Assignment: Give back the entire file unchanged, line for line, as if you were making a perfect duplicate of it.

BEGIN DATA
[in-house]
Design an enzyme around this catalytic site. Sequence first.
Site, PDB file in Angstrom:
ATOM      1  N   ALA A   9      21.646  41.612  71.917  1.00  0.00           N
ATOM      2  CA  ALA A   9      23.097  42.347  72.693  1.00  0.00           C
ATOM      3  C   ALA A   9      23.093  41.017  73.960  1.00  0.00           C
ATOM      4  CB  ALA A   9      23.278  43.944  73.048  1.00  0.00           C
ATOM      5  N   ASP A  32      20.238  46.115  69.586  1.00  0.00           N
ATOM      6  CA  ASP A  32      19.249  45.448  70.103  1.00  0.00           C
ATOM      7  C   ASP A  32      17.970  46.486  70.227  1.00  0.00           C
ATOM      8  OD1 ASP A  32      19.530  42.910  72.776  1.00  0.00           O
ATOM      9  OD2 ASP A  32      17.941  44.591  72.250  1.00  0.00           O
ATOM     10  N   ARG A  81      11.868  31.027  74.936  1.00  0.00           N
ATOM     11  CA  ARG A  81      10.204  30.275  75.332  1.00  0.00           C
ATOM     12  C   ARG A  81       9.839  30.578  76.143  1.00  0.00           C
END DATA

[in-house]
Design an enzyme around this catalytic site. Sequence first.
Site, PDB file in Angstrom:
ATOM      1  N   ALA A   9      21.646  41.612  71.917  1.00  0.00           N
ATOM      2  CA  ALA A   9      23.097  42.347  72.693  1.00  0.00           C
ATOM      3  C   ALA A   9      23.093  41.017  73.960  1.00  0.00           C
ATOM      4  CB  ALA A   9      23.278  43.944  73.048  1.00  0.00           C
ATOM      5  N   ASP A  32      20.238  46.115  69.586  1.00  0.00           N
ATOM      6  CA  ASP A  32      19.249  45.448  70.103  1.00  0.00           C
ATOM      7  C   ASP A  32      17.970  46.486  70.227  1.00  0.00           C
ATOM      8  OD1 ASP A  32      19.530  42.910  72.776  1.00  0.00           O
ATOM      9  OD2 ASP A  32      17.941  44.591  72.250  1.00  0.00           O
ATOM     10  N   ARG A  81      11.868  31.027  74.936  1.00  0.00           N
ATOM     11  CA  ARG A  81      10.204  30.275  75.332  1.00  0.00           C
ATOM     12  C   ARG A  81       9.839  30.578  76.143  1.00  0.00           C